The Russian alphabet is a kind of strange. Some letters here are the same as in Latin, but others look the same, but they sound quite different. In addition, two more letters – «ъ» and «ь» do not have their own sounds, what do they need for?
The Russian letter «E» can represent two different sounds: [й’э] and [й’о]. In addition, there is a separate letter for [й’о] – «Ё», but almost nobody writes these two points, so it turns out to be «Е», not «Ё». It is possible to get confused.
In the modern Russian language, the word «товарищ» (comrade) is no longer used, so the Russians do not have a special word-appeal to another person or group of people. Sometimes you can hear «дамы и господа» (ladies and gentlemen), but this sounds somewhat pretentious and unnatural, and the word «гражданин» (citizen) sounds too officially. People can use the word-appeal «мужчина, женщина, девушка» (man, woman, girl) but this is somewhat rude. Over the past 20 years, the Russians have not been able to decide how they address other people, so in each situation they choose the most appropriate word.
The verb «быть» (to be) is not used in the present tense. However, it is used in the future and in the past.
The word order in Russian is considered free, but this does not mean that you can put the words as you want. The meaning of the sentence can fundamentally depend on the word order, its stylistics. For example, the phrase «Я иду домой» literally means “I’m going home” (although, of course, much depends on the intonation), but in the phrase «Я домой иду» it stresses that «я иду ДОМОЙ» (I’m going HOME), not to some other place. And the phrase «Домой иду я» means that this is the «Я» иду домой (“I am” going home), not you and not someone else. So in Russian the meaning of the message depends on what you want to say, and this is achieved by using the words order and intonation.
To turn a sentence into a general question, you do not need to change anything at all, just an intonation. «Ты дома.» (You are at home.) is a statement, fact; but «Ты дома?» (Are you at home?) is a question already.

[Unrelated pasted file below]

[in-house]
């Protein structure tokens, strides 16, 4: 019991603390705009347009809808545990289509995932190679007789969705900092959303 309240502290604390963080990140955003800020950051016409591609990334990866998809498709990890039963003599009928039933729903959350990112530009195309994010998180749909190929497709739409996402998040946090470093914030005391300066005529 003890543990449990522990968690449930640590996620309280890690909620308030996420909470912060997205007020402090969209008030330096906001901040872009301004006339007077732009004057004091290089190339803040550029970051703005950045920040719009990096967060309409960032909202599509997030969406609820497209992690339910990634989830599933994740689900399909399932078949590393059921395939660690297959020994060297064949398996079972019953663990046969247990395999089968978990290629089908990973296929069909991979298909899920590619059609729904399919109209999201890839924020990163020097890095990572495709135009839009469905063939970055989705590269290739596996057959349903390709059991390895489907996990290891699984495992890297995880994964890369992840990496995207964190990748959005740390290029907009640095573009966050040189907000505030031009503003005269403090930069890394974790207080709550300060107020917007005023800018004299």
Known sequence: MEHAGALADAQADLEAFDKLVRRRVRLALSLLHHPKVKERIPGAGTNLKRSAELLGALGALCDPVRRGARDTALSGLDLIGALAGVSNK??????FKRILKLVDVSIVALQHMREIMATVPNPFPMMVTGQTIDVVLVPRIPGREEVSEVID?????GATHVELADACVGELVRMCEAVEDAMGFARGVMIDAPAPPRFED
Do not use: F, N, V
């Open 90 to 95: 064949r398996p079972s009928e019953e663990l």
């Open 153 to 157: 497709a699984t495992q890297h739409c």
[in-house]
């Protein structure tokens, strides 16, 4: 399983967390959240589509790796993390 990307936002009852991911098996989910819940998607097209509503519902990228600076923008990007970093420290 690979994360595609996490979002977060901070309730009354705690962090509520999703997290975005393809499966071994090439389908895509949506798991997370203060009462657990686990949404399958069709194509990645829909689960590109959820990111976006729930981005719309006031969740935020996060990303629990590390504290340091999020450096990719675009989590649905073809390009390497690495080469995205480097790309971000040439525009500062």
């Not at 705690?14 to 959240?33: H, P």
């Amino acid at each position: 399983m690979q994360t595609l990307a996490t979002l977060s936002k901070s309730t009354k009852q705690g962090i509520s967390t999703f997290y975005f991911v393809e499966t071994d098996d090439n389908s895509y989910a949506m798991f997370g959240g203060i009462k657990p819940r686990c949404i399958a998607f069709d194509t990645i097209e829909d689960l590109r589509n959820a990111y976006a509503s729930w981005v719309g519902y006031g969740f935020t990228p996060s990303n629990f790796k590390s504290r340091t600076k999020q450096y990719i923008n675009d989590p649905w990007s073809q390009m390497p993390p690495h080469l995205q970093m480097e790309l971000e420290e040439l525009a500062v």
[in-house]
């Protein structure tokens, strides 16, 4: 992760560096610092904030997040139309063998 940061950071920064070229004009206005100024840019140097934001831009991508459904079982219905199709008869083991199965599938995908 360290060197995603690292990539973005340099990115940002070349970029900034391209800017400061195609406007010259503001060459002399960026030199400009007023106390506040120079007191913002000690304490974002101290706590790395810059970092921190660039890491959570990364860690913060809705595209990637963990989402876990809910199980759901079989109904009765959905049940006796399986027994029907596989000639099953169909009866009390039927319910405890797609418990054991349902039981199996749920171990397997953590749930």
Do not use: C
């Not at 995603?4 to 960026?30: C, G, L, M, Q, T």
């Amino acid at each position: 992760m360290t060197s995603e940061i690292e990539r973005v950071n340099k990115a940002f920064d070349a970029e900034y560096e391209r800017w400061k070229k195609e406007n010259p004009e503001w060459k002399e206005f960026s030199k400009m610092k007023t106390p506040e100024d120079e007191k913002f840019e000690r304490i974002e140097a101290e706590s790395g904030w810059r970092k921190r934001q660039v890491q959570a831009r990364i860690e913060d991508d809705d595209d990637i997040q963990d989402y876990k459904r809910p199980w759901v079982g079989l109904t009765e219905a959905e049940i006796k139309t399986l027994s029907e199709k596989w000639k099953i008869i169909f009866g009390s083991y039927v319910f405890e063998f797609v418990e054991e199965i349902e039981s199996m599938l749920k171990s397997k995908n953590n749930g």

Numerals «один» (one) and «два» (two) vary by genus, and the rest do not: «один мальчик» (one boy) «одна девочка» (one girl), «две девочки» (two girls), «два мальчика» (two boys), but «три мальчика» (three boys) and «три девочки» (three girls).
The numerals «один» (one), «тысяча» (thousand), «миллион» (million), «миллиард» (billion) have plural form «одни» (ones), «тысячи» (thousands), «миллионы» (millions), «миллиарды» (billions), but the others quantitative and collective numerals do not have the plural form.
The verbs in the past tense have a genus, but in the present and the future, they do not. For example, «играть» (to play), «он играл» (he played), «она играла» (she played); «он играет» (he plays), «она играет» (she plays).
There are “animate” nouns in Russian language. Moreover, some “animate” nouns are considered more “animate” than inanimate. For example, the word «мертвец» (dead man) is considered animate in comparison with the same reality, denoted by the word «труп» (corpse). Example: «Вижу кого? – мертвеца, но вижу что? – труп». (See who? – a dead man, but I see what? – a corpse.)
There is a Russian word consisted of two letters in which you can make 8 mistakes is «щи» (shchi*Name of the Russian soup). The Russian Empress Catherine the Great, while she was still a German princess Sophie, wrote the simple Russian word «щи» like this: “schtschi”, and this is 8 letters, all of which are incorrect!
The five letters of the Russian alphabet, which are «Г, Д, Е, Ё, Ж» go in succession, are forming a sentence: «Где ёж?» (Where is the hedgehog?).
A Russian sentence can consist of the verbs only, for example: «Посидели решили послать сходить купить выпить» (We sat down and decided to send somebody to buy a drink.)
And there is one more language “explosion” for you:
«— Есть пить?» (Do you have a drink?)
«— Пить есть, есть нету.» (I have a drink, but I do not have (anything) to eat)
In the first sentence, the word «Есть» means the form of the verb «иметь» (to have), in the second, it means «принимать пищу/еда» (to eat/food).